A prevailing concern among radicals has been that for all the hype and hope, there’s little to say Tsipras won’t renege on his promises and leave Syriza’s voters alienated and disempowered. What happens if he doesn’t come good? “Then he is no longer leader,” I was told, categorically. “Syriza controls Tsipras, not the other way around. His decisions are shaped by the party, they have to be put to a vote. People struggle to understand this, the idea of a democratic party culture. Syriza is not a top-down party, and Tsipras is only leader as long as we say he is.”
Turning the tide across Europe?
It’s incredibly difficult to predict what will happen next with any genuine degree of certainty. We’ve seen these scenarios unfold with other left parties, but for a variety of reasons Syriza is quite unlike other parties. However, we cannot lose sight of the specificities surrounding Greece at the moment. Numerous times over the weekend people remarked along the lines of “this is not a model”, “you cannot take a carbon copy” or “Syriza developed alongside a certain situation, you can’t replicate it”.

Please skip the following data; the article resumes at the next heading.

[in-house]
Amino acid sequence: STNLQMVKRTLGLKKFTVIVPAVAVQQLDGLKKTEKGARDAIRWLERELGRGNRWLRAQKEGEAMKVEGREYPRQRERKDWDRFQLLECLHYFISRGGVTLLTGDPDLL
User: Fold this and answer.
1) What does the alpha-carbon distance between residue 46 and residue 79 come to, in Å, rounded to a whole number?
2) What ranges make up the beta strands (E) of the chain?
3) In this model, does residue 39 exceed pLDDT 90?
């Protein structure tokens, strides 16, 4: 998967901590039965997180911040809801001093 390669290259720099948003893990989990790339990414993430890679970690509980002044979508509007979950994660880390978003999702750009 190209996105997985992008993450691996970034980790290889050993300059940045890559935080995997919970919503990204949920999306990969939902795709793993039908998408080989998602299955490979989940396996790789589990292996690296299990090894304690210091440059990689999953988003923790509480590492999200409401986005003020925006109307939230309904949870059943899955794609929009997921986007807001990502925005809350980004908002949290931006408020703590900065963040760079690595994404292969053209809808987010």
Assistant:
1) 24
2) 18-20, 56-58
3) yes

Groups ranging from Podemos in Spain and Die Linke in Germany to the Left Bloc in Portugal and even Left Unity in Britain will all be looking closely to discover Syriza’s secret, to see how they too can rise to government. I suspect the actual answer is not about copying a particular patchwork of policies or a semi-horizontal structure, but rather in a complex convergence of variables relating to prolonged crisis and the decline of formerly strong social democratic parties.
The problem is that just as Syriza’s story is not one which can easily be re-enacted, if it doesn’t find an ally in Europe soon it could well become isolated and divided, vindicating the austerity-mongers it has rallied against.
*This section was amended on 26 January. Cyprus joined the EU in the 2004 enlargement and in 2008 AKEL (Progressive Party of Working People) was elected as the senior coalition partner.